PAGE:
childcustodyrelocationIf you’re contemplating a move out of Nebraska with your child in the coming new year and you have a custody order in place, you’ll have to get the court’s permission beforehand. As the name of this article implies, these kinds of cases are called Nebraska child custody relocation, or removal cases.

Nebraska child custody relocation cases can be tricky. These are some basics to help make more clear how Nebraska child custody relocation cases work:

 

No temporary orders

Temporary orders allowing you to remove your child from the jurisdiction aren’t allowed in Nebraska. That’s why there’s a faster litigation process and final hearing than in a typical family law litigation case. A faster final hearing allows families to get on with their lives as quickly as possible.

Your contribution is key in your Nebraska child custody relocation case

Whether you’re the parent requesting the move, or the one opposing it, the more evidence your lawyer can show the court to support your position, the better your chances of winning. You play a key role in your lawyer’s ability to do that. You know your circumstances and your child best and can best help your lawyer understand the key elements that he or she will need to prove to the court.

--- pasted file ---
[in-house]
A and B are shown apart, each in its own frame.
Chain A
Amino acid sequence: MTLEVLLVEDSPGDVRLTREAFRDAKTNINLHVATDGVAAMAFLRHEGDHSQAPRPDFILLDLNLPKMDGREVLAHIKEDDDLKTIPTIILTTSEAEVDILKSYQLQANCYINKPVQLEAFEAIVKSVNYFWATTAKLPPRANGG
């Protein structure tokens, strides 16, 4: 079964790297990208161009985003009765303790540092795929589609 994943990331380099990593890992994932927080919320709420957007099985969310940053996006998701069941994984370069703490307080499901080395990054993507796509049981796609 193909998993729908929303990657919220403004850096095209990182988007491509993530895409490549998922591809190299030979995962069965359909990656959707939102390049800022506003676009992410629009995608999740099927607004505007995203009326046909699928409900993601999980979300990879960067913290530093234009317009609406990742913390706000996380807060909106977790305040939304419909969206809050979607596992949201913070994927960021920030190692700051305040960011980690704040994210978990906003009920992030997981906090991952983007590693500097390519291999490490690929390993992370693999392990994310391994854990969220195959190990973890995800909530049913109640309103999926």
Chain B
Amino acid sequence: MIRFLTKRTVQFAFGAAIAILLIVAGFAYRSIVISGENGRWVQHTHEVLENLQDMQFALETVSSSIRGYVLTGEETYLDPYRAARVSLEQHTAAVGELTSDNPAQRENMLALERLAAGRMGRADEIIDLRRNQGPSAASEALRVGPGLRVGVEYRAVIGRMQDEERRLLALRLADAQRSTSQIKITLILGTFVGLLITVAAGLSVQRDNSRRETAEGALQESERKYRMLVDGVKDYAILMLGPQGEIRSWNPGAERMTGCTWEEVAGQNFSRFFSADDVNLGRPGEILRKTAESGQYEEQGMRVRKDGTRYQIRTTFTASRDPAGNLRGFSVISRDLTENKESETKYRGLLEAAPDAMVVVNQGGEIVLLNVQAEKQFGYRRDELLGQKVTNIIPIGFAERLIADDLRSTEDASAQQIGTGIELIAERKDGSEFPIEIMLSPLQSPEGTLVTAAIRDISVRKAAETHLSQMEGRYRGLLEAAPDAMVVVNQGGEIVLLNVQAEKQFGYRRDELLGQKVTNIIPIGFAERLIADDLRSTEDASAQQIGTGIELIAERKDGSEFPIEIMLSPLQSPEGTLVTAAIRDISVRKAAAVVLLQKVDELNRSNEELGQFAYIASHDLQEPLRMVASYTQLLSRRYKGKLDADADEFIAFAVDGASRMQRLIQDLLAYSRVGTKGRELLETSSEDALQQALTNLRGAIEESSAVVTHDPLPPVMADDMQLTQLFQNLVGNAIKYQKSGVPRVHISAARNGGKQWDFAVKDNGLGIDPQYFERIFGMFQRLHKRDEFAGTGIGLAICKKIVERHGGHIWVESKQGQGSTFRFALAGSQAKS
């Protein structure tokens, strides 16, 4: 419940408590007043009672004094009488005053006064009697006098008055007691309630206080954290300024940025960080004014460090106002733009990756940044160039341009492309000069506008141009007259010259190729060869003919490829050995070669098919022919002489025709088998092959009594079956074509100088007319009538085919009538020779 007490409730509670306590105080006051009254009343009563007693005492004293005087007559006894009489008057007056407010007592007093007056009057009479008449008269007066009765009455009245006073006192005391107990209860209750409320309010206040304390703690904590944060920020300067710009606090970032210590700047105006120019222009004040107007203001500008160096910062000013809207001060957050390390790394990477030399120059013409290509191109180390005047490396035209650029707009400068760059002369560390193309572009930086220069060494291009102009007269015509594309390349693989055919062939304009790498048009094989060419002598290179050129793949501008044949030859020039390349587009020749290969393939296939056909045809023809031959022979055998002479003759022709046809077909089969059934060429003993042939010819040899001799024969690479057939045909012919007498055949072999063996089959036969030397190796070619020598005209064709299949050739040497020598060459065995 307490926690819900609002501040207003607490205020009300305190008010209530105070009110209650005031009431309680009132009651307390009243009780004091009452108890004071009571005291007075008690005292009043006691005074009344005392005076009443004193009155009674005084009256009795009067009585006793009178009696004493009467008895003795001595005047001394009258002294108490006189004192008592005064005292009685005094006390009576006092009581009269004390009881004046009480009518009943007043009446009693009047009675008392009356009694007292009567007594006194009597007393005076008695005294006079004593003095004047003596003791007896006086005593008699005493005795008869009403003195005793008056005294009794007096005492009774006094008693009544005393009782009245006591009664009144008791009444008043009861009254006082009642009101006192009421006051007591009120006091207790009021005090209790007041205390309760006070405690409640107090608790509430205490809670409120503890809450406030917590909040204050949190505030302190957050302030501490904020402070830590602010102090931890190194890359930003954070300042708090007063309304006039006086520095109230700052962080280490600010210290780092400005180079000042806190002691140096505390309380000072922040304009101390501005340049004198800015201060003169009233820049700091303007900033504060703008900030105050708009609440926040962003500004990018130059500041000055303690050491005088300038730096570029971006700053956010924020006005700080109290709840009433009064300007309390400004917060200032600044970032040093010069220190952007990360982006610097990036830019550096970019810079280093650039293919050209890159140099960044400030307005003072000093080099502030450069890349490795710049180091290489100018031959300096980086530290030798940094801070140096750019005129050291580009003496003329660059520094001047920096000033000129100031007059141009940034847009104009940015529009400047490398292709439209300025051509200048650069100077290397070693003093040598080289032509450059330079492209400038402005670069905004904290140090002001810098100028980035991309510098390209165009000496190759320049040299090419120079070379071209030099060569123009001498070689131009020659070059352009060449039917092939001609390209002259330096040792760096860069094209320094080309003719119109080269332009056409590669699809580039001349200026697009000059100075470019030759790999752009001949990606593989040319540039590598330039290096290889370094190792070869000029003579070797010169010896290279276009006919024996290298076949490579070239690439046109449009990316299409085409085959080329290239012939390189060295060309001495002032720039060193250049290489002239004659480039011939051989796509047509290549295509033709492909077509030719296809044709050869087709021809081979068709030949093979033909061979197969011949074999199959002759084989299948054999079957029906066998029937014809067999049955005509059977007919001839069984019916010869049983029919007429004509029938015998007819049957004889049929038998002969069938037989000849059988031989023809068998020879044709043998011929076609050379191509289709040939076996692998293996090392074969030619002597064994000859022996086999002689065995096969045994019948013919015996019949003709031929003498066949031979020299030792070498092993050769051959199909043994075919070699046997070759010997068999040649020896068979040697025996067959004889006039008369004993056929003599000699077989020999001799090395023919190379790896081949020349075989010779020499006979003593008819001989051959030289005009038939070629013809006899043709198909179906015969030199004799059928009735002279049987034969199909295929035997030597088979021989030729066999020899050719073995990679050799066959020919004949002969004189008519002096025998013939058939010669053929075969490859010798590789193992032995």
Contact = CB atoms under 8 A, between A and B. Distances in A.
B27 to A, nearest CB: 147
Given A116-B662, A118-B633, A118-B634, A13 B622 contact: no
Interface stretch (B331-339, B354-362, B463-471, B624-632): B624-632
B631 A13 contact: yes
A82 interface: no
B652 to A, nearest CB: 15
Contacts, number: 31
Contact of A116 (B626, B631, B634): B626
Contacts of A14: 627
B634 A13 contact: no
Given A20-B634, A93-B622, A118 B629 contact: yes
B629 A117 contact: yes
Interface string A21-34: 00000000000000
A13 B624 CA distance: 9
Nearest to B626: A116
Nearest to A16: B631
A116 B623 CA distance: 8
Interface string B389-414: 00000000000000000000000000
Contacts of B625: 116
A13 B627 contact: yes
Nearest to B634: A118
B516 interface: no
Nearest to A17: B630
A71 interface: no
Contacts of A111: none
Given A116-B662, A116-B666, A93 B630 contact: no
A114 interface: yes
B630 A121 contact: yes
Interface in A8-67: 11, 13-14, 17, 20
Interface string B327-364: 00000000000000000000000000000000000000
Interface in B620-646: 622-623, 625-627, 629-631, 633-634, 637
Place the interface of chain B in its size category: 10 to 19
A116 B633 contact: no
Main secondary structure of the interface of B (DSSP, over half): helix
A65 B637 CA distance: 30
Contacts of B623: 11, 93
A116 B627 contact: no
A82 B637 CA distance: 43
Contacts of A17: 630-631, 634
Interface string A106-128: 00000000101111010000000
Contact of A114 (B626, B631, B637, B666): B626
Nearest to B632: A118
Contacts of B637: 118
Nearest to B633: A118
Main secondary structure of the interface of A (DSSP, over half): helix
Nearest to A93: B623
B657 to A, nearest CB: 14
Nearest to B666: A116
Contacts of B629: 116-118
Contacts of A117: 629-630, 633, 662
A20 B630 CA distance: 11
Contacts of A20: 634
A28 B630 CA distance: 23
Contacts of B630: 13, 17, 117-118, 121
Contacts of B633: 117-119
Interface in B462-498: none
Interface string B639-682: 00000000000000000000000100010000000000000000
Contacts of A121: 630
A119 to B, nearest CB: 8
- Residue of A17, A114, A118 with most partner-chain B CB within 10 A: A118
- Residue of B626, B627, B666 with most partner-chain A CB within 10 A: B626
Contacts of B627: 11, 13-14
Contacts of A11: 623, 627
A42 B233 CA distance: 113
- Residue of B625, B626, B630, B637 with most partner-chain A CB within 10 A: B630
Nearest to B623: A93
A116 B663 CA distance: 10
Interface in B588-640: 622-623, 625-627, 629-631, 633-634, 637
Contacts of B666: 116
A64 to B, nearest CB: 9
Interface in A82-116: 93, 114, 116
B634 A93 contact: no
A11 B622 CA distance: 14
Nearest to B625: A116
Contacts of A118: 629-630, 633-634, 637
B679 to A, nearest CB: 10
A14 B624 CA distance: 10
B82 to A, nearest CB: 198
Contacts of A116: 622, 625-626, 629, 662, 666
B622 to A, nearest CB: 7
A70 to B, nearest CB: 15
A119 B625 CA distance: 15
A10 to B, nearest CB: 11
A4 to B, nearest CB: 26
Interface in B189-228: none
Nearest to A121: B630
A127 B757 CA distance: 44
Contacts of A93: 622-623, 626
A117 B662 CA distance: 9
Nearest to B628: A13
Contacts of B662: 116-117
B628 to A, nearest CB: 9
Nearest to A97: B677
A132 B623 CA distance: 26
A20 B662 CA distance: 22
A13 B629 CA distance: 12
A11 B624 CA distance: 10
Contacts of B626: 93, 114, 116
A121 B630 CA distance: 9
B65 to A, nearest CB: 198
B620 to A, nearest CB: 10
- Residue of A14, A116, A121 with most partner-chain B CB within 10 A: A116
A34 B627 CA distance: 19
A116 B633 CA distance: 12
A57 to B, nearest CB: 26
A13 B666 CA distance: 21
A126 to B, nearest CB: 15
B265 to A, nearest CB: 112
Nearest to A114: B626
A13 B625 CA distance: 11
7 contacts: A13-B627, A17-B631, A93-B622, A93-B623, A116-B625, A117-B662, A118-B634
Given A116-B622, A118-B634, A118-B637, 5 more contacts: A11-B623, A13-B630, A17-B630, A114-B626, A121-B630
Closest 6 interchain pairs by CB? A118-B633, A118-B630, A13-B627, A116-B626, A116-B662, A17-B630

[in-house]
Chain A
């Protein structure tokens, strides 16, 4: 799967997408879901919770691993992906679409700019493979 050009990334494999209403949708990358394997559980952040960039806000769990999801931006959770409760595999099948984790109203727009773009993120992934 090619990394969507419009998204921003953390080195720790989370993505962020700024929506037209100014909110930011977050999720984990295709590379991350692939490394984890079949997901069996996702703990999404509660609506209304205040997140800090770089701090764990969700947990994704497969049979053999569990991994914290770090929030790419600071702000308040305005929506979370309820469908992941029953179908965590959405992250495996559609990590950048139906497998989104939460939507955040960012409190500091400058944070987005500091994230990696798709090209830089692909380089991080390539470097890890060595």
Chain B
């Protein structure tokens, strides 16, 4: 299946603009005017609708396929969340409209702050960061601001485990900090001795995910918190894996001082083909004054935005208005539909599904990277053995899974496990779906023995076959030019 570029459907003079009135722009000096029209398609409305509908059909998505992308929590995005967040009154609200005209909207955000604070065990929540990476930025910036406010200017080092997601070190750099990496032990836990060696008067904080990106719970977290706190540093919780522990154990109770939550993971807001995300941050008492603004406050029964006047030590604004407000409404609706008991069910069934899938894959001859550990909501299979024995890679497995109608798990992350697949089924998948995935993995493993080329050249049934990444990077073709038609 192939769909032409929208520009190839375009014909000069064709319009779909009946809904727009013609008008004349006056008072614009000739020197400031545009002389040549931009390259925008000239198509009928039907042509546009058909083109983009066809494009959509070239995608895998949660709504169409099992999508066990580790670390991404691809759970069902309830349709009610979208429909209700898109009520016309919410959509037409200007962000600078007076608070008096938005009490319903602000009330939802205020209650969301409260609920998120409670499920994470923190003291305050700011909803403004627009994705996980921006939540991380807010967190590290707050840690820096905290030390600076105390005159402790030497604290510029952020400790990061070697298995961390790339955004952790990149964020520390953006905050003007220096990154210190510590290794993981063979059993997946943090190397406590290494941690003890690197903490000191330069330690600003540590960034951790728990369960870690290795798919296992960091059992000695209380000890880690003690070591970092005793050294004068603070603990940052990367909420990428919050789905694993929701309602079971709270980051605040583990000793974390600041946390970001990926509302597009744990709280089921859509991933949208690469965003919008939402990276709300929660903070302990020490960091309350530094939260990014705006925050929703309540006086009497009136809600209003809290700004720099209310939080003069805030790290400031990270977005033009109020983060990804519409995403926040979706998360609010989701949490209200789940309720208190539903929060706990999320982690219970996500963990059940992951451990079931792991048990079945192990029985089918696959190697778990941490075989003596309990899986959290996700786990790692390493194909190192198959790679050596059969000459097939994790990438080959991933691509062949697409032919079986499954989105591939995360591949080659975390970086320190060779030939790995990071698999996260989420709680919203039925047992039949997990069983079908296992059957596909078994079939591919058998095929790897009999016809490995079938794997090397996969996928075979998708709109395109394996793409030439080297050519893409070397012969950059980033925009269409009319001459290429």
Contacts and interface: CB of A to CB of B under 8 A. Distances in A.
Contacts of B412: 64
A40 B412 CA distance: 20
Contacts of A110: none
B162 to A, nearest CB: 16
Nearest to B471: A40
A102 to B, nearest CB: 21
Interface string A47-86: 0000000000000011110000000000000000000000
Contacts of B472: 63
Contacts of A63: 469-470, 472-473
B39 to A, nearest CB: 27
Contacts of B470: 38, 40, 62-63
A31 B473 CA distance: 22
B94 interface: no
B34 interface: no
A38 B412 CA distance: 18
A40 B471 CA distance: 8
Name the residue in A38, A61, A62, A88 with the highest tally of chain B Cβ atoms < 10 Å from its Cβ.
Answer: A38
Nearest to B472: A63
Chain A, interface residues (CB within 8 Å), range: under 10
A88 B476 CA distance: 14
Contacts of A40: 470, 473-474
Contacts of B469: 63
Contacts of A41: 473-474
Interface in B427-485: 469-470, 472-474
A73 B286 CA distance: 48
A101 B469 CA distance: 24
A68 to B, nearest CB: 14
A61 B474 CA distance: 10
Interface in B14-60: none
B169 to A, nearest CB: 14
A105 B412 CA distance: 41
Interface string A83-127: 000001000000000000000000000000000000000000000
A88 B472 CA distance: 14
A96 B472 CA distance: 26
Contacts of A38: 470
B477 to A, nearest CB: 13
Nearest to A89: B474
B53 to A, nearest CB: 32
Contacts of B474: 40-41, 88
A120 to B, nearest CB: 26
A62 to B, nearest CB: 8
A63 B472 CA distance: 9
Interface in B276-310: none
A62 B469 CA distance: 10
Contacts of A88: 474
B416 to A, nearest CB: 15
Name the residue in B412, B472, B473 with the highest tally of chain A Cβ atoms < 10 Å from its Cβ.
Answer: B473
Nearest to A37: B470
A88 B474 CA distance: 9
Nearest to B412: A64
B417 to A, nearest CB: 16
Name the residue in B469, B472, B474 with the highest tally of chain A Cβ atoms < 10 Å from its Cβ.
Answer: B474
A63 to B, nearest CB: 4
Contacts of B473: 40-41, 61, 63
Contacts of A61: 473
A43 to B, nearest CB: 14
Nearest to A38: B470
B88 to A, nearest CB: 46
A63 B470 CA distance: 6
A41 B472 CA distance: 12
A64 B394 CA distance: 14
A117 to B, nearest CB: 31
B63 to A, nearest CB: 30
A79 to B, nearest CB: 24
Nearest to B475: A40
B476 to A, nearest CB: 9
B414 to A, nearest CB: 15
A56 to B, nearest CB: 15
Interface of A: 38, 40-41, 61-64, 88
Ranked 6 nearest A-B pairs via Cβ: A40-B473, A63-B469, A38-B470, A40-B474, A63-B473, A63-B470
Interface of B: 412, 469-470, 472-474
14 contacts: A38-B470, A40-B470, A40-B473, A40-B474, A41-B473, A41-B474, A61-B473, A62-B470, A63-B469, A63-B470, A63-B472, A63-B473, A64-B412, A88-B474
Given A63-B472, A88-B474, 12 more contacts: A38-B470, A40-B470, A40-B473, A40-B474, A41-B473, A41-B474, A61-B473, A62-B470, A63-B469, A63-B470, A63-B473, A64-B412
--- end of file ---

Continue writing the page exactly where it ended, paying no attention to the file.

It’s especially important that you communicate well with your attorney and work side by side with them during your Nebraska child custody relocation case. That will enable them to have all the key information about your situation and present it to the court.

Get a lawyer experienced in Nebraska child custody relocation onboard ASAP

Removal cases can be hard to win. It takes an experienced attorney to navigate the sometimes murky waters of Nebraska law when it comes to proving to the judge whether moving away from their other parent is truly in your child’s best interests.

Because things usually move quickly in removal cases and in the circumstances that typically surround the need for an out of state move, it’s important to get a lawyer experienced in Nebraska child custody relocation cases on board as soon as you find out an out of state move is on the horizon – whether you’re the parent moving, or the parent on the other side of the case.

 

This article should not be construed as legal advice. Situations are different and it’s impossible to provide legal advice for every situation without knowing the individual facts. 


For details about the author, Hightower Reff  Partner Attorney Tracy Hightower, visit her profile page.

More information about Nebraska child custody removal cases is available here. 

If you need help with a Nebraska child custody relocation or other family law case, contact Hightower Reff Law today and come visit with one of the attorneys at the Omaha office.